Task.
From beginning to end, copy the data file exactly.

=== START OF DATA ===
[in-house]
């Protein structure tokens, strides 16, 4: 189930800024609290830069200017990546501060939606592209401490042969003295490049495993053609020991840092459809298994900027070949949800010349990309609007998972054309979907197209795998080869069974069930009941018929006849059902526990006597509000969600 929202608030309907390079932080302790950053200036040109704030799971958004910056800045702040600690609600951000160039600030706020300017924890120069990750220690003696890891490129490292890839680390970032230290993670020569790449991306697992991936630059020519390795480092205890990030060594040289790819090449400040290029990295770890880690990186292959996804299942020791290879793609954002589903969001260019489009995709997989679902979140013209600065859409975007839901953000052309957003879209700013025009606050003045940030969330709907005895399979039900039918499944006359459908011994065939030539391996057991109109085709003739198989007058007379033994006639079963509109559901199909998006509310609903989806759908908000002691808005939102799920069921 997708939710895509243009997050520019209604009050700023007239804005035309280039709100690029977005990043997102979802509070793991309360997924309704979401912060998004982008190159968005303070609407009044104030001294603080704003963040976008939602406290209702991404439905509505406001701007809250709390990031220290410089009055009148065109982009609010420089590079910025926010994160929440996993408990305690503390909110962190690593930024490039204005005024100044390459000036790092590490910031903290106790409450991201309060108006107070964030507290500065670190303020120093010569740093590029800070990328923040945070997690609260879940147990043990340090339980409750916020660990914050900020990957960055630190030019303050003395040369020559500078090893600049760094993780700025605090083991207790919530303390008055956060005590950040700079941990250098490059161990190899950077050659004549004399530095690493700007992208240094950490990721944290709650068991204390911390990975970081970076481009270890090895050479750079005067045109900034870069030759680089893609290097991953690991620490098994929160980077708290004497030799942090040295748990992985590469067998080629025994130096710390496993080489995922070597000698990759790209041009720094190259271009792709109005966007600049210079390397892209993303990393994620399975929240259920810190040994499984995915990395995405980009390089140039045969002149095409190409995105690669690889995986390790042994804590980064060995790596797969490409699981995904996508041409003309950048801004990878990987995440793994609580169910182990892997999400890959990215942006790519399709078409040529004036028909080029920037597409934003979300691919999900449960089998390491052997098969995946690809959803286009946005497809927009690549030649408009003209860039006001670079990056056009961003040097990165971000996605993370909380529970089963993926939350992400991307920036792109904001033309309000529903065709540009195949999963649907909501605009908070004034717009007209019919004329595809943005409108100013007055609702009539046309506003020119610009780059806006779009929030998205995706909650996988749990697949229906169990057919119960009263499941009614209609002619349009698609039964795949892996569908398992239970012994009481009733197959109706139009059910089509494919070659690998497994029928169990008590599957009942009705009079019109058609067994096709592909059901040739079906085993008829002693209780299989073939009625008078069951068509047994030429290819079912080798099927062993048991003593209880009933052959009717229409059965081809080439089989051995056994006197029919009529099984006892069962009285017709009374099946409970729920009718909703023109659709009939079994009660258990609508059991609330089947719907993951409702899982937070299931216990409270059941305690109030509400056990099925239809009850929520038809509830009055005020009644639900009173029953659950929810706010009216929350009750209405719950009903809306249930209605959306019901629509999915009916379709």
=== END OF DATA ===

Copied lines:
[in-house]
């Protein structure tokens, strides 16, 4: 189930800024609290830069200017990546501060939606592209401490042969003295490049495993053609020991840092459809298994900027070949949800010349990309609007998972054309979907197209795998080869069974069930009941018929006849059902526990006597509000969600 929202608030309907390079932080302790950053200036040109704030799971958004910056800045702040600690609600951000160039600030706020300017924890120069990750220690003696890891490129490292890839680390970032230290993670020569790449991306697992991936630059020519390795480092205890990030060594040289790819090449400040290029990295770890880690990186292959996804299942020791290879793609954002589903969001260019489009995709997989679902979140013209600065859409975007839901953000052309957003879209700013025009606050003045940030969330709907005895399979039900039918499944006359459908011994065939030539391996057991109109085709003739198989007058007379033994006639079963509109559901199909998006509310609903989806759908908000002691808005939102799920069921 997708939710895509243009997050520019209604009050700023007239804005035309280039709100690029977005990043997102979802509070793991309360997924309704979401912060998004982008190159968005303070609407009044104030001294603080704003963040976008939602406290209702991404439905509505406001701007809250709390990031220290410089009055009148065109982009609010420089590079910025926010994160929440996993408990305690503390909110962190690593930024490039204005005024100044390459000036790092590490910031903290106790409450991201309060108006107070964030507290500065670190303020120093010569740093590029800070990328923040945070997690609260879940147990043990340090339980409750916020660990914050900020990957960055630190030019303050003395040369020559500078090893600049760094993780700025605090083991207790919530303390008055956060005590950040700079941990250098490059161990190899950077050659004549004399530095690493700007992208240094950490990721944290709650068991204390911390990975970081970076481009270890090895050479750079005067045109900034870069030759680089893609290097991953690991620490098994929160980077708290004497030799942090040295748990992985590469067998080629025994130096710390496993080489995922070597000698990759790209041009720094190259271009792709109005966007600049210079390397892209993303990393994620399975929240259920810190040994499984995915990395995405980009390089140039045969002149095409190409995105690669690889995986390790042994804590980064060995790596797969490409699981995904996508041409003309950048801004990878990987995440793994609580169910182990892997999400890959990215942006790519399709078409040529004036028909080029920037597409934003979300691919999900449960089998390491052997098969995946690809959803286009946005497809927009690549030649408009003209860039006001670079990056056009961003040097990165971000996605993370909380529970089963993926939350992400991307920036792109904001033309309000529903065709540009195949999963649907909501605009908070004034717009007209019919004329595809943005409108100013007055609702009539046309506003020119610009780059806006779009929030998205995706909650996988749990697949229906169990057919119960009263499941009614209609002619349009698609039964795949892996569908398992239970012994009481009733197959109706139009059910089509494919070659690998497994029928169990008590599957009942009705009079019109058609067994096709592909059901040739079906085993008829002693209780299989073939009625008078069951068509047994030429290819079912080798099927062993048991003593209880009933052959009717229409059965081809080439089989051995056994006197029919009529099984006892069962009285017709009374099946409970729920009718909703023109659709009939079994009660258990609508059991609330089947719907993951409702899982937070299931216990409270059941305690109030509400056990099925239809009850929520038809509830009055005020009644639900009173029953659950929810706010009216929350009750209405719950009903809306249930209605959306019901629509999915009916379709």